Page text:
Abstract:Background: Tuberculosis (TB) is a serpent disease with various pulmonary manifestations, and timely diagnosis of the disease is paramount, since delayed treatment is associated with severe morbidity, particularly in intensive care units (ICU). Therefore, it is imperative that intensivists understand the typical distribution, patterns, and imaging manifestations of TB. Aim: To describe different manifestations of pulmonary TB in patients in the ICU. Methods: In a retrospective study, all patients with a clinical and a laboratory-confirmed diagnosis of TB who were admitted to the ICU were entered in the study. All patients had a confirmatory laboratory diagnosis of TB including positive smears. The patterns of parenchymal lesions, involved segments and presence of cavity, bronchiectasis and bronchogenic spread of the lesions with computed tomography (CT) and chest/X-ray (CXR) were recorded and analyzed. Results: Data of 146 patients with TB were entered in the study. The most common finding in CT was acute respiratory distress syndrome (ARDS)-like radiologic manifestations (17.1%), followed by parenchymal nodular infiltration (13.6%) and cavitation (10.9%), consolidation (10.2%), interstitial involvement (9.5%), calcified parenchymal mass (8.3%), ground-glass opacities (7.5%), and pleural effusion or thickening (6.9%). Radiologic evidence of lymphadenopathy was seen in up to 43% of adults. Miliary TB was observed in 2.3% of patients, mostly in those older than 60. years of age. ARDS-like (64.5%) manifestations on CT and miliary TB (85.5%) had the highest mortality rates among other pulmonary manifestations. Conclusion: ARDS, interstitial involvement, and Parenchymal nodular infiltration are the most common manifestations of pulmonary TB. Various features of TB in ICU patients could be misleading for intensivists. © 2015 Asian African Society for Mycobacteriology.

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Pulmonary paecilomyces in a diabetic patient

Abstract:Paecilomyces species are among the most frequent saprophytes. Two species namely Paecilomyces lilacinus and Paecilomyces variotii are the most frequently isolated species from humans. Fungemia, endocarditis peritonitis, osteomyelitis and rarely pneumonia have been reported. We report a 74-year old diabetic woman with Paecilomyces variotii pneumonia. Paecilomyces variotii is a rare cause of pneumonia and in our knowledge, our case is the first case of pleural effusion due to this fungus. © 2015 NRITLD.

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A review of teicoplanin used in the prevention and treatment of serious infections caused by gram-positive bacteria and compared its effects with some other antibiotics

Abstract:Teicoplanin is an antibiotic used in the prevention and treatment of serious infections caused by Gram-positive bacteria, including methicillin-resistant Staphylococcus aureus (MRSA) and Enterococcus faecalis. It is a semi-synthetic glycopeptide antibiotic with a spectrum of activities similar to vancomycin. Its mechanism of action is inhibition of bacterial cell wall synthesis teicoplanin is marketed by Sanofi Aventis Coperation under the brand name of Targocid. It has been shown that oral administration of teicoplanin is effective in the treatment of Pseudomembranous colitis and Clostridium difficile-associated diarrhoea, with comparable efficacy to vancomycin. The effectiveness of this antibiotic is associated with its carbon chain length. It's tried in this review article to introduce teicoplanin synthases, structure and its structure effect on treatment and also introduce the advantages of teicoplanin in bacterial infection treatment and compared its effects with some other antibiotics like vancomycin and linezolid. Based on the above data, it can be concluded that teicoplanin usage, specially intervenes injection of it, is a successful antibiotic treatment against bacterial infections caused by Gram-positive bacteria, particularly methicillin-resistant Staphylococcus aurous (MRSA). The teicoplanin effect is directly related to the length of its carbon chain. It was shown that treatment with combination of teicoplanin and vancomycin or teicoplanin and linezolid have more influence over the treatment process. The most important advantage of teicoplanin usage in treatments is its lower side effects on patients than other antibiotics.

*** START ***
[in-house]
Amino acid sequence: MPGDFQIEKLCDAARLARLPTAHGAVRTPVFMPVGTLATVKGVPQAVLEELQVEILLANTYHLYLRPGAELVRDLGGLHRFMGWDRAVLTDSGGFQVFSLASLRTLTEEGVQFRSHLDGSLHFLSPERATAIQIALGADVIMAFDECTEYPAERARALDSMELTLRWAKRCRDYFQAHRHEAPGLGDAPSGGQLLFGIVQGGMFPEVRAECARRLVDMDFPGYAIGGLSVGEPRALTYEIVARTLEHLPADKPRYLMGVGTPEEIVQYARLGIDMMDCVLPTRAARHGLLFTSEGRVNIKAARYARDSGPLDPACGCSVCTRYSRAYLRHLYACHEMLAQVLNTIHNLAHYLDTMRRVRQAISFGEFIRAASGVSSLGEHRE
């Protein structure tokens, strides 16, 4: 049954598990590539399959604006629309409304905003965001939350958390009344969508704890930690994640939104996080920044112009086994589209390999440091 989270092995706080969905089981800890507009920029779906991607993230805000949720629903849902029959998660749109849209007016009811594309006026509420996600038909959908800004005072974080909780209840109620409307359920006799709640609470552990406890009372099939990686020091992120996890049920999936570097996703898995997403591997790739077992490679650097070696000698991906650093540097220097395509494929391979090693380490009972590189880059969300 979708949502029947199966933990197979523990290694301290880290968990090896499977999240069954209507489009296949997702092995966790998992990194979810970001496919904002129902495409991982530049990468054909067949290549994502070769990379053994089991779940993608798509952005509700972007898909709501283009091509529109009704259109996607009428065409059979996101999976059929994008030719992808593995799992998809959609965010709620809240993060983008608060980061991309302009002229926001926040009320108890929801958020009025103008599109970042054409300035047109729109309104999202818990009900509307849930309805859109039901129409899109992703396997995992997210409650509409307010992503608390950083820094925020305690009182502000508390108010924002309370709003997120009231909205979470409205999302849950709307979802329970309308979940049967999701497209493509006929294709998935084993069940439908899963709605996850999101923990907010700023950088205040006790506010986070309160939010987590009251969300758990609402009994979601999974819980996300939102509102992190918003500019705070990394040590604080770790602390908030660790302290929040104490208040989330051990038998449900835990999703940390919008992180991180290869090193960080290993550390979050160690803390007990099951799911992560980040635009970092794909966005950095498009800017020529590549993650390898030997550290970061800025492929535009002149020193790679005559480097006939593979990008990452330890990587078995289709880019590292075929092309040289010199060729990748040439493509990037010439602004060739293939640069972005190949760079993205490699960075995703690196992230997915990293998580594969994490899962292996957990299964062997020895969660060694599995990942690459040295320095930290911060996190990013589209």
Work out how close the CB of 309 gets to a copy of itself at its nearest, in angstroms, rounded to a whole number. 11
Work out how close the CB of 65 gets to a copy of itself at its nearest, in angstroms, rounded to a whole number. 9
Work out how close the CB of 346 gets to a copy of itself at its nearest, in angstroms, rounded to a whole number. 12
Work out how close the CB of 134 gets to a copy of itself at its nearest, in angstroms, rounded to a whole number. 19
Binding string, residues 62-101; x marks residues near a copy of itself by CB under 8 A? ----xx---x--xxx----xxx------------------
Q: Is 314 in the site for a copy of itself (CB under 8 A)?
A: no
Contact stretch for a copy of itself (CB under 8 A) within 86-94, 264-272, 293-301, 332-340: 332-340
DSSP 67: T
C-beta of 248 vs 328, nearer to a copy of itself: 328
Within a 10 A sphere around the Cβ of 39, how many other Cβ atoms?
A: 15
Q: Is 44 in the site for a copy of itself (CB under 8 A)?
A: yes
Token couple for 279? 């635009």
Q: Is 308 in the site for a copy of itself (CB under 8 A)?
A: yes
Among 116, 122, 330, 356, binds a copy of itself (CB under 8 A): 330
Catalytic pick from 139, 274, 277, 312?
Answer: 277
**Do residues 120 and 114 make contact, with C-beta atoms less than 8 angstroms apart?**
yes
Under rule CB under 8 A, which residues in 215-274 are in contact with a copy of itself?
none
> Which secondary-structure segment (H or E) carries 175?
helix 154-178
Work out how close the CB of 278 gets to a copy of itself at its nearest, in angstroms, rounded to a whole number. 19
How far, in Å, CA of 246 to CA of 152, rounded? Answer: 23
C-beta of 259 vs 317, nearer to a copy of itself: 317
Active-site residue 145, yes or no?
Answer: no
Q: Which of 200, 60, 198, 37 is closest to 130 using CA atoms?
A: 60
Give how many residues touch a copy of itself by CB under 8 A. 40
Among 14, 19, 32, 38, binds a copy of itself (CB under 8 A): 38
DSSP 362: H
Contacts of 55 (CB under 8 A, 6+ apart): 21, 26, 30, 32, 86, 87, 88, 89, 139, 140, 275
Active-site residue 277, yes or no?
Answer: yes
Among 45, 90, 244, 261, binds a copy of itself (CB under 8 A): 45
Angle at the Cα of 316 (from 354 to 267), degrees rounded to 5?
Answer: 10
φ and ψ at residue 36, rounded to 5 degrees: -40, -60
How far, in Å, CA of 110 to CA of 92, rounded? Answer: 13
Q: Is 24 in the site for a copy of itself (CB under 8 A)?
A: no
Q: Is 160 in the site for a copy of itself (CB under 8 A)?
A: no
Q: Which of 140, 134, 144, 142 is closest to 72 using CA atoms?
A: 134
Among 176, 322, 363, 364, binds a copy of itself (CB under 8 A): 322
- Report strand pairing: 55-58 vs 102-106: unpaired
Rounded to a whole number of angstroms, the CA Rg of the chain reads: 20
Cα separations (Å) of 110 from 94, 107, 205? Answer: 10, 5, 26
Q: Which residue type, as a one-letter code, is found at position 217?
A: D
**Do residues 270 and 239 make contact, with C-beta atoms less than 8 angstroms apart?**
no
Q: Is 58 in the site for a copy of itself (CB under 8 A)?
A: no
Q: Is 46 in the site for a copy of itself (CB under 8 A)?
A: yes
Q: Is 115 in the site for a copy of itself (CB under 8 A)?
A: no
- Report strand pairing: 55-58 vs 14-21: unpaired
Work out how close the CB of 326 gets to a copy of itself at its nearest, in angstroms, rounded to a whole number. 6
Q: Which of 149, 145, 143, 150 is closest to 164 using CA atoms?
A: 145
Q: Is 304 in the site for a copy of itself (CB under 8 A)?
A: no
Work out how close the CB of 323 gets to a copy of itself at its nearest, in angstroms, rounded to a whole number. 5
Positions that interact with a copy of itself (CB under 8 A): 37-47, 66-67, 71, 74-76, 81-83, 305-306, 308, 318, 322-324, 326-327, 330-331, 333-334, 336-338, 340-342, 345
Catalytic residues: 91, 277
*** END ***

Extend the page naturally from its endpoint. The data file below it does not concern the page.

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Flow cytometry applications in the study of immunological lung disorders

Abstract:The use of flow cytometry in the clinical laboratory has grown substantially in the past decade. Flow cytometric analysis provides a rapid qualitative and quantitative description of multiple characteristics of individual cells. For example, it is possible to detect the cell size and granularity, aspects of DNA and RNA content and the presence of cell surface and nuclear markers which are used to characterize the phenotype of single cells. Flow cytometry has been used for the immunophenotyping of a variety of specimens including whole blood, bone marrow, serous cavity fluids, (cerebrospinal fluid) CSF, urine and all types of body fluids. The technique has also been applied to human bronchoalveolar lavage (BAL) fluid, peritoneal fluids and blood. In this review, we describe the current status of the application of flow cytometry as a diagnostic tool in various lung diseases. We focus on the analysis of BAL cell composition in chronic obstructive lung disease (COPD), asthma, lung cancer, sarcoidosis, tuberculosis and idiopathic eosinophilic pneumonia (IEP). Copyright © Winter 2015.